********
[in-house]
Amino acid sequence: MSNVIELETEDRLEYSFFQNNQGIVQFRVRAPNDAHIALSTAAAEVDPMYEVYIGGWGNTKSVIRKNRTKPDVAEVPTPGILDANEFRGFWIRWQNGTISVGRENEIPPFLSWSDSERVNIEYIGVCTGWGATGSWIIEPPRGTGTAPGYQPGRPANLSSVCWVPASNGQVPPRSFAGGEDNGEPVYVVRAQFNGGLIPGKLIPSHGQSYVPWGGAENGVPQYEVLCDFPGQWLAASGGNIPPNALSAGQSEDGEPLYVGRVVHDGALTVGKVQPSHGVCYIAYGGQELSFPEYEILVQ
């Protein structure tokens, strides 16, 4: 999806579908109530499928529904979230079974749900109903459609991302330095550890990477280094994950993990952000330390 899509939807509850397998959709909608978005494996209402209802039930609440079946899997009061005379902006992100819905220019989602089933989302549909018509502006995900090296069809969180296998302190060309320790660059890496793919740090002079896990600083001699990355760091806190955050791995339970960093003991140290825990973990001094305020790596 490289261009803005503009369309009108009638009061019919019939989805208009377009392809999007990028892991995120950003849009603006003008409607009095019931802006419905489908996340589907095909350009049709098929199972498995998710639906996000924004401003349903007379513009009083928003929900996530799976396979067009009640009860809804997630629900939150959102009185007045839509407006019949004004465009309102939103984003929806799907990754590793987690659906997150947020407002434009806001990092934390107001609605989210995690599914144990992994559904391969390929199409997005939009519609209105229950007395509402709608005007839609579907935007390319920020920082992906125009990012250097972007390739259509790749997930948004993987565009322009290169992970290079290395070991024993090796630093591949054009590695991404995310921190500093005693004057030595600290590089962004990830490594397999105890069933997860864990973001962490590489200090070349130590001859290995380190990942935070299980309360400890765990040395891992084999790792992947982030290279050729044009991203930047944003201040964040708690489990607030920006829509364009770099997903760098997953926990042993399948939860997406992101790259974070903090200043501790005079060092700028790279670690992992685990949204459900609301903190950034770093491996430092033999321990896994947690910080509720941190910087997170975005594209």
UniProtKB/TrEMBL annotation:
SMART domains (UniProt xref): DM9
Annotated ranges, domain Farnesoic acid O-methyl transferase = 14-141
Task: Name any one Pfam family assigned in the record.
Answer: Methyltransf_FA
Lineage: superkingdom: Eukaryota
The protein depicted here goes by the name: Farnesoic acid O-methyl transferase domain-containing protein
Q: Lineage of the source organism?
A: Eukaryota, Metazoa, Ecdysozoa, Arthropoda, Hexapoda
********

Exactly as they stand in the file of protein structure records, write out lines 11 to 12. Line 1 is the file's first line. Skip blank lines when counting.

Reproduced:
Q: Lineage of the source organism?
A: Eukaryota, Metazoa, Ecdysozoa, Arthropoda, Hexapoda